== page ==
OA policies are important to ensure increased access to scientific information. However, they are many and varied. At the global level, there are now 724 OA policies recorded in ROARMAP. Policies are often expressed in different ways and there is wide variation in the elements and requirements expressed in them. They can vary between being mandatory or only encouraging OA to taking a preference for Green or Gold OA models. As a result, researchers and professional staff in research institutions are often faced with numerous challenges when seeking to comply with or provide information on different policies.
A major challenge arising from the extensive variation between OA policies is compliance. OA policies often do not produce the expected results. Researchers required to comply with more than one OA policy may be deterred from doing so when requirements are contradictory and policies complex. As a result, the alignment of OA policies, where a consistent set of policy requirements is in place (across institutions, funders and countries), would harmonize the process of providing scientific information on open access and maximize compliance.
Because the EC’s H2020 programme has an impact on all ERA (European Research Area) countries (Greece, Italy, the Netherlands, Turkey and the UK), this places the H2020 OA Policy in a strategic position to be the policy model through which ERA countries develop and align their OA policies through national and international networks – for instance, the Knowledge Exchange – as well as through participation in EU-funded OA projects such as PASTEUR4OA, OpenAIRE, MedOANet, RECODE and FOSTER.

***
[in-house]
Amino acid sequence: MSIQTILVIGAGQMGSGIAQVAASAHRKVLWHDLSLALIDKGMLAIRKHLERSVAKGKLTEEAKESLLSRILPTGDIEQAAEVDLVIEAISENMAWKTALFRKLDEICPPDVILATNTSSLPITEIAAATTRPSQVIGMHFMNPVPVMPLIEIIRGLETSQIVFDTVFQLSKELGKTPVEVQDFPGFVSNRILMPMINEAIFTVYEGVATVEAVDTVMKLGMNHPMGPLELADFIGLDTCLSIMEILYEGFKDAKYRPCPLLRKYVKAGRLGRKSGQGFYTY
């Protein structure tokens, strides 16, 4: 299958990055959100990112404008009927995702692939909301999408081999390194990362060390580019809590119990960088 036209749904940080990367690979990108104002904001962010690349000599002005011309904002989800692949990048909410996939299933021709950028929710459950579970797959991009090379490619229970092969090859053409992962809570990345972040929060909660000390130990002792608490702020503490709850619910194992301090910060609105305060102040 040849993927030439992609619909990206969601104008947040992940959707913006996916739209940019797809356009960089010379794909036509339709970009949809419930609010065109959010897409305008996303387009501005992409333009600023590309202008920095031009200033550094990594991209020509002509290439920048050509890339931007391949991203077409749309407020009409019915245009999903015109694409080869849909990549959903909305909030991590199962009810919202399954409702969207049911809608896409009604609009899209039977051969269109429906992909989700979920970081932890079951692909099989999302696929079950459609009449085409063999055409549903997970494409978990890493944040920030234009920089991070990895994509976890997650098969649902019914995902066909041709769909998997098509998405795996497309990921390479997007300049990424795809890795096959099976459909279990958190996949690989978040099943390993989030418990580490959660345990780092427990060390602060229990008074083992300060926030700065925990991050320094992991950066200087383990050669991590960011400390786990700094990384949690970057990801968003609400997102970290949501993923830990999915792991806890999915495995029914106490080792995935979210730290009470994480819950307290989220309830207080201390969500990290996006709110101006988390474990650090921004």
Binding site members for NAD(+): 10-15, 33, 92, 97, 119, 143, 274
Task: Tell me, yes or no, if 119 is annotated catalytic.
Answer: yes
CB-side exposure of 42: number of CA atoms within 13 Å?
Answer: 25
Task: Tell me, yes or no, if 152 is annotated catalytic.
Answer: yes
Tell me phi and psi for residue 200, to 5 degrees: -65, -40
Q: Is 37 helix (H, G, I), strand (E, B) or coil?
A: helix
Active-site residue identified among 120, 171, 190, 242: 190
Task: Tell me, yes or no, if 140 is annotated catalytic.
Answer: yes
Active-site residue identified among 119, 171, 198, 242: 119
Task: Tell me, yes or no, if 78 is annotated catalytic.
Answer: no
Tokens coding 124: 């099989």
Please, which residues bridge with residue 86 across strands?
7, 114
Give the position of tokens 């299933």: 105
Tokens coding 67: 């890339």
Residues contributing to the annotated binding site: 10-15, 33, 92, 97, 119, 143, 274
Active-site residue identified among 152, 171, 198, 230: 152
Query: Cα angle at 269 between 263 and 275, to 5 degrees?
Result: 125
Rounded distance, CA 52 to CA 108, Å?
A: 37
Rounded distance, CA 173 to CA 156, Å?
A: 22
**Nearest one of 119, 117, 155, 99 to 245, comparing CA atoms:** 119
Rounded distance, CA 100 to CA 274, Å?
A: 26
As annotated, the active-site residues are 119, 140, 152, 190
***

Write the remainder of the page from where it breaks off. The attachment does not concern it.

Moreover, recent research has shown that the H2020 OA policy model is an effective policy model type for the development and increasing alignment of OA policies. Accordingly, the OA policy landscape in five ERA countries is assessed and the extent of alignment or divergence of those policies with the H2020 OA policy is examined. The data collected from the case studies show that, at the cross-national level, OA policies are largely aligned with the H2020 OA policy requirements to deposit peer-reviewed articles and to ensure open access to them.
This demonstrates that when OA policies are adopted, they share a common goal: to make scientific information freely available online.
Source: Aligning European OA Policies with the HORIZON 2020 OA Policy, by M.Picarra , M. Angelaki, G. Doğan, M. Guy, C.Artusio
The Policy Recommendations for Open Access to Research Data (RECODE) Portal: http://policy.recodeproject.eu/
OA Advocacy Resources/ PASTEUR4OA: http://www.pasteur4oa.eu/resources
Open Access Week 2015: http://sparcopen.org/event/open-access-week-2015/
OpenCon 2015: https://www.youtube.com/user/R2RCvideo/playlists
Is your department or institution ready to approve or has already released and aligned an Open Access policy?
Your shared experiences will surely support and connect other AIMS and OA members!
We would be glad to hear about your OA strategies and challenges.